As part of an ongoing series of webinars on Transit Asset Management (TAM), FTA will host an hour-long webinar Jan. 31, beginning at 2 p.m. Eastern, to review how two public transit agencies use decision support tools to support TAM efforts.
Topics addressed by presenters Debbie Swickard, grants manager, Stark Area Regional Transit Authority, Canton, OH, and Daniel Holdsworth, budget analyst, Capital District Transit Authority, Albany, NY, will include using the TAM small provider tool and developing agency-specific decision support tools.
APTA Chair Nathaniel P. Ford Sr., chief executive officer, Jacksonville (FL) Transportation Authority, outlined his priorities for the year during the Jan. 10 Transportation Research Board Executive Committee meeting in Washington, DC.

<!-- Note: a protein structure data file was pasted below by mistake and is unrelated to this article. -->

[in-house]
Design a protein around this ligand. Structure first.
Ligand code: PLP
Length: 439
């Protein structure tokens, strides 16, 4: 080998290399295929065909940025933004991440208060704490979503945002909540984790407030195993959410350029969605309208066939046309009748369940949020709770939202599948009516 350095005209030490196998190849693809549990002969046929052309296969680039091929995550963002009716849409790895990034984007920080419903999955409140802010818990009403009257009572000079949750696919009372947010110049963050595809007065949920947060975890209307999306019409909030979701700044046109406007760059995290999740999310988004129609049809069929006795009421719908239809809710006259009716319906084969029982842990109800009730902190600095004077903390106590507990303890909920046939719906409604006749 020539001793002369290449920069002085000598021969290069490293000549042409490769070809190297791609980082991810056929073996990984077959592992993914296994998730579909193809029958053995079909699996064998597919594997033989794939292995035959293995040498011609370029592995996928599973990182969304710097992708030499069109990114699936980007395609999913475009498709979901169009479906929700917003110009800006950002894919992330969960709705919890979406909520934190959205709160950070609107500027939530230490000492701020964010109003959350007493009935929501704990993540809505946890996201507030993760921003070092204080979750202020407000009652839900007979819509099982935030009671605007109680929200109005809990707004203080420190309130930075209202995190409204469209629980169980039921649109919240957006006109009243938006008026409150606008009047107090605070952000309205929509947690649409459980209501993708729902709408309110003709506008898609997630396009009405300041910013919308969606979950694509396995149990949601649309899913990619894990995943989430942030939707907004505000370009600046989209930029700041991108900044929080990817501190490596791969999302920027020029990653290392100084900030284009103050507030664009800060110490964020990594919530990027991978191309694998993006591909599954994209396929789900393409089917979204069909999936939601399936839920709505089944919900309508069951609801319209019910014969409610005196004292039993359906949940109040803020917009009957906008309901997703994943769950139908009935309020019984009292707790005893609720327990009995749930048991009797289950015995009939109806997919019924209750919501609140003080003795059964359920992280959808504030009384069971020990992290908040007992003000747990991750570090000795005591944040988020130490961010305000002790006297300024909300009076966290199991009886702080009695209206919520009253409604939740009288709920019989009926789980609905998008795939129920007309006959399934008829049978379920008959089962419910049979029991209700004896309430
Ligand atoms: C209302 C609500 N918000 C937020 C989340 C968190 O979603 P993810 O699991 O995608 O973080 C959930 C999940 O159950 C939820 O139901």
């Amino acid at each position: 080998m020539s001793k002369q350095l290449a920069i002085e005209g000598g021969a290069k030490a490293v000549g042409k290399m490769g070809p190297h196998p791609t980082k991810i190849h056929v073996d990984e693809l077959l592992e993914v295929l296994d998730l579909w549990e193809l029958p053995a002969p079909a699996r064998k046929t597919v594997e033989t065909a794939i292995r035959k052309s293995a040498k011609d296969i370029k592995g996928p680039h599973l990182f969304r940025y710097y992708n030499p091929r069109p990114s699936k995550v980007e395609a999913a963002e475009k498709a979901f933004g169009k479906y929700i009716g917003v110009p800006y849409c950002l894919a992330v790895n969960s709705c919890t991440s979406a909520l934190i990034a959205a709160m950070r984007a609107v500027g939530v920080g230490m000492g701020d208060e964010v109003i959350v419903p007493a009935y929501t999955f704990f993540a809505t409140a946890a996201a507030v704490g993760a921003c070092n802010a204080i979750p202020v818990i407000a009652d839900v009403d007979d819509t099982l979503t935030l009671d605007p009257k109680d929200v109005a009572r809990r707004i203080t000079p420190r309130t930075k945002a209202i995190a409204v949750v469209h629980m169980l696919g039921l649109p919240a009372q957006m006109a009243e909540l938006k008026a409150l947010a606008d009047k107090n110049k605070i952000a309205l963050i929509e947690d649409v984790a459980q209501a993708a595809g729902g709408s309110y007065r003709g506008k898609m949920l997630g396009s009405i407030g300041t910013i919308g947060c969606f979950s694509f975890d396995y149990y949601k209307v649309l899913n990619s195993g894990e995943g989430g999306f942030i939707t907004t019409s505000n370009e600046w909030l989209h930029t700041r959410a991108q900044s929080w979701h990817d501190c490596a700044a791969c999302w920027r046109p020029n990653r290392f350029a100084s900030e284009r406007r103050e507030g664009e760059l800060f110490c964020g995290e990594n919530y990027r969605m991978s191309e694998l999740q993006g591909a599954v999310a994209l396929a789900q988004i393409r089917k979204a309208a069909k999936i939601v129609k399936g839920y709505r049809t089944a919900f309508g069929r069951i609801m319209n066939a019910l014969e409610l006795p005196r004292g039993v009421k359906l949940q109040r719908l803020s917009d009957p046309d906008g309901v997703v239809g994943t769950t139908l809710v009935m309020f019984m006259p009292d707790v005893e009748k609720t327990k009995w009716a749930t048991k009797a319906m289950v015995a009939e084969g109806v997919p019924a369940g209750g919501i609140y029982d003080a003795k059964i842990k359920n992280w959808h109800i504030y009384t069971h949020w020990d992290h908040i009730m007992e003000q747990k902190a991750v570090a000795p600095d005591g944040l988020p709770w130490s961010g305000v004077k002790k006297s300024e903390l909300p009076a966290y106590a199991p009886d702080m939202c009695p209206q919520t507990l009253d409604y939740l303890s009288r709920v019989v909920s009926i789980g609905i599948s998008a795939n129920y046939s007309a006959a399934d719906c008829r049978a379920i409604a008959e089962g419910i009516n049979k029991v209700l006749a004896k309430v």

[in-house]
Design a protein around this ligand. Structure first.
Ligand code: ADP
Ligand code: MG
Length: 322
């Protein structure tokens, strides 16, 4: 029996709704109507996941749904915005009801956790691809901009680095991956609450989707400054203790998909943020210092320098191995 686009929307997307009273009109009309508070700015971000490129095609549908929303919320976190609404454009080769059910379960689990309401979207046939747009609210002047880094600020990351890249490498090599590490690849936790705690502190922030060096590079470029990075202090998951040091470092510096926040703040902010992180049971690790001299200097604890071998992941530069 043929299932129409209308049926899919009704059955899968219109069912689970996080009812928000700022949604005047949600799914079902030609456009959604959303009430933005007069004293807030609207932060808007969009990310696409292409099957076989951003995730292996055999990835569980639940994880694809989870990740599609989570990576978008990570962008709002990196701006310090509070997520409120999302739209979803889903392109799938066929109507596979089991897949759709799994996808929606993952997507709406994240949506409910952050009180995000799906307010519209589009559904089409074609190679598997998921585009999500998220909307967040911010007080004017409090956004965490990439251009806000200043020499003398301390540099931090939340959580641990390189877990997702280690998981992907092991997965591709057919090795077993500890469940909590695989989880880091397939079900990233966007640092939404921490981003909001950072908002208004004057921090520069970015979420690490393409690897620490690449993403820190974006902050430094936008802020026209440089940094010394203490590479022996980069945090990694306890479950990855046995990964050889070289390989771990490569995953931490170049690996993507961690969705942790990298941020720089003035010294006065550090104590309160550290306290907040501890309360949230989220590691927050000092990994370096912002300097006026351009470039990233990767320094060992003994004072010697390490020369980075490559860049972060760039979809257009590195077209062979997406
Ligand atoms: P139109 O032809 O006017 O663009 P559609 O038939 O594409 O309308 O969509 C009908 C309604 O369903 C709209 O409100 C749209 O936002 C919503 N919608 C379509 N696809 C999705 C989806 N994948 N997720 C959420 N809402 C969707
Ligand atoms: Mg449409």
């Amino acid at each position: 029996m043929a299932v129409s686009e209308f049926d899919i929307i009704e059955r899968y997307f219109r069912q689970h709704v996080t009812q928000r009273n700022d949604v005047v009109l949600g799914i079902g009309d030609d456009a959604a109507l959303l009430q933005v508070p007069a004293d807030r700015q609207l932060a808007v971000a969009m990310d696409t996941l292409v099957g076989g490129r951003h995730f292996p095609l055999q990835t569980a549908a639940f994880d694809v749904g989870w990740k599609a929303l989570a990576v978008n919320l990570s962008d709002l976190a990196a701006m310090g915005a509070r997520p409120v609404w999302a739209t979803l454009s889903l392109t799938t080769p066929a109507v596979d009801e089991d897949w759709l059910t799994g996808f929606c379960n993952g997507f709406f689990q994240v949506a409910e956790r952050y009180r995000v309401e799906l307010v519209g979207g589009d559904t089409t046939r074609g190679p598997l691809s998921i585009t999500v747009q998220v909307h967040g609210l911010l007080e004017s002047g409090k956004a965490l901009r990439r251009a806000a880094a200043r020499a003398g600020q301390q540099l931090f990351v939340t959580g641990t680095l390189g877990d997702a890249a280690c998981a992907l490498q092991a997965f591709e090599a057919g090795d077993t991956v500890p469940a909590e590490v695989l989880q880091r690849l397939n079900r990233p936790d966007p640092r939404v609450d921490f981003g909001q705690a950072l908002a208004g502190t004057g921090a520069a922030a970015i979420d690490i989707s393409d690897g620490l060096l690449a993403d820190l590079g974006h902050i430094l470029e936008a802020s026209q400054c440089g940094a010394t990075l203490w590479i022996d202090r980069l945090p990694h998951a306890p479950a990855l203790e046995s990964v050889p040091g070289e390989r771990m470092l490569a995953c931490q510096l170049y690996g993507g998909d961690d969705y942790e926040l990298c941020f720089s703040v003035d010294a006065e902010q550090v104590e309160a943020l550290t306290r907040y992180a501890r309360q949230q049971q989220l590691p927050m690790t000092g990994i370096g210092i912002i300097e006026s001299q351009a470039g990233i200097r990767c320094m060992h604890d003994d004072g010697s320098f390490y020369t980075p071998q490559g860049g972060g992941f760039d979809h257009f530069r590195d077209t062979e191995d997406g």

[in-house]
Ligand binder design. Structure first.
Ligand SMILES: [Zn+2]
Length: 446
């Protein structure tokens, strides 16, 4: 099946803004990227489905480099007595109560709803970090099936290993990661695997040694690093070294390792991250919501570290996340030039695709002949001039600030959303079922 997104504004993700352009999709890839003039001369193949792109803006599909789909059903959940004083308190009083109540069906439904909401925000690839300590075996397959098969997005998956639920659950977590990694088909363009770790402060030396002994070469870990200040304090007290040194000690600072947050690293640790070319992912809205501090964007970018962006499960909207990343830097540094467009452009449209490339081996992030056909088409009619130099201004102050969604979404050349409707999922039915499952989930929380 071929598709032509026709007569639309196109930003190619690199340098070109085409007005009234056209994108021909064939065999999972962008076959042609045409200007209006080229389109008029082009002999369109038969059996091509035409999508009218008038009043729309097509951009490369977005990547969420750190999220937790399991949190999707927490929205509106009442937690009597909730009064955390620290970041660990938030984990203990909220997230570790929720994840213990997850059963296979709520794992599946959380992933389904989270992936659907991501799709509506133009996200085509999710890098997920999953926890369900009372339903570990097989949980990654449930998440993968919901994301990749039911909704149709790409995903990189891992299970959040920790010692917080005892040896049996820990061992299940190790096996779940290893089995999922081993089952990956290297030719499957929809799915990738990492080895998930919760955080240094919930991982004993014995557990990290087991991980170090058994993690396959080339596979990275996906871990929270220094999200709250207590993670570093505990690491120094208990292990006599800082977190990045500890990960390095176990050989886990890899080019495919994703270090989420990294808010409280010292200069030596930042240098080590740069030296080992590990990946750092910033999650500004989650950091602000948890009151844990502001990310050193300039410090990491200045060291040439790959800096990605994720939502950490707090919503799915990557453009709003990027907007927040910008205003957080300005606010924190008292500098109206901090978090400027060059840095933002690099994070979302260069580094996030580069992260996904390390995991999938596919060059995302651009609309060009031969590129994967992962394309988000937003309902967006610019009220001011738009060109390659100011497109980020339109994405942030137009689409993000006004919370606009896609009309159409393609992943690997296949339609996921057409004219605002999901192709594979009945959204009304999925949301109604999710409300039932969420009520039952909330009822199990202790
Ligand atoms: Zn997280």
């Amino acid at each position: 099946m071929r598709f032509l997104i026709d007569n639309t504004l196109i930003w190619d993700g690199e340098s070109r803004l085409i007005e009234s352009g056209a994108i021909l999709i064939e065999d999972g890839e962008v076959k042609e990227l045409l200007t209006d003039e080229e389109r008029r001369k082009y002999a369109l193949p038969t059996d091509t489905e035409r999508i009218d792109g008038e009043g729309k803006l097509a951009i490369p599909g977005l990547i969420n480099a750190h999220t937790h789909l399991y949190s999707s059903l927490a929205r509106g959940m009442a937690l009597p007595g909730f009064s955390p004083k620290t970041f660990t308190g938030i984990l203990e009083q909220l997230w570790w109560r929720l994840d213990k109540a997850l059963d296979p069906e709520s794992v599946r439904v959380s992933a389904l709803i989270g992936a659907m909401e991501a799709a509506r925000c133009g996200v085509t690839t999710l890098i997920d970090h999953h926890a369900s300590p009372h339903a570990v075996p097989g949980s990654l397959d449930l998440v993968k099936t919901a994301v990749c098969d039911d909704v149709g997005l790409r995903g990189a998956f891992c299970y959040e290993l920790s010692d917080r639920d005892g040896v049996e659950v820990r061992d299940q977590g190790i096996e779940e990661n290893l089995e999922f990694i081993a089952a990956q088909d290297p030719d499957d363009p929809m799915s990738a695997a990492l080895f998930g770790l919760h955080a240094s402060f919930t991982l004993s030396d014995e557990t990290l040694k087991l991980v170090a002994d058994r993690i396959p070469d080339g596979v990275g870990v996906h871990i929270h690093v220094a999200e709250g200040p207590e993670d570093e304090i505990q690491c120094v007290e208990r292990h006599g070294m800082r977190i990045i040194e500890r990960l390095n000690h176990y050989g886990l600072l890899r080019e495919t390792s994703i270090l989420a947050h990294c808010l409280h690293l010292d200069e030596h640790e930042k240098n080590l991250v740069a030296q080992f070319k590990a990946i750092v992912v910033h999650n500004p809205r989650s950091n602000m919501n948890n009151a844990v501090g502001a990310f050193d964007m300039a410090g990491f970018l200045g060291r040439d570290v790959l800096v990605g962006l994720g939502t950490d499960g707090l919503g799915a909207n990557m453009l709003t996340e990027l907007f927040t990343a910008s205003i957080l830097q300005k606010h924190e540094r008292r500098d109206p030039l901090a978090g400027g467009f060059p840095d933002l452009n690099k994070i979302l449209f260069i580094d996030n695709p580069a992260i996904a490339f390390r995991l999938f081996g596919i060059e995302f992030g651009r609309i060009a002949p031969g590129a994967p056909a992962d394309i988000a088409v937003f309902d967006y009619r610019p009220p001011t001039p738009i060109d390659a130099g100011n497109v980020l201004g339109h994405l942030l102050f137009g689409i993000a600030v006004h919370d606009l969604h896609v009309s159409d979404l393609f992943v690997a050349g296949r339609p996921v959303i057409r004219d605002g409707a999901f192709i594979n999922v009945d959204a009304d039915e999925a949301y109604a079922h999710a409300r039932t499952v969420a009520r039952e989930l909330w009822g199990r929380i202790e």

Ford described the public transportation industry as evolving at a pace never before seen. He spoke about a shared vision of mobility that benefits all public transit systems and delivers on customers’ expectations in a world of options that grow more interconnected and interdependent every day. He also spoke about the importance of investing in the workforce of the future, the need to leverage big data, the issue of enterprise risk management and the need to positively influence public policy and secure increased federal resources.
APTA President and CEO Paul P. Skoutelas was introduced to the Executive Committee and later in the day made a presentation on the challenges and opportunities facing the public transportation industry.
|APTA Chair Nathaniel P. Ford Sr., left, and APTA President and CEO Paul P. Skoutelas addressed sessions at the recent TRB Annual Meeting in Washington.|
Photos by Risdon Photography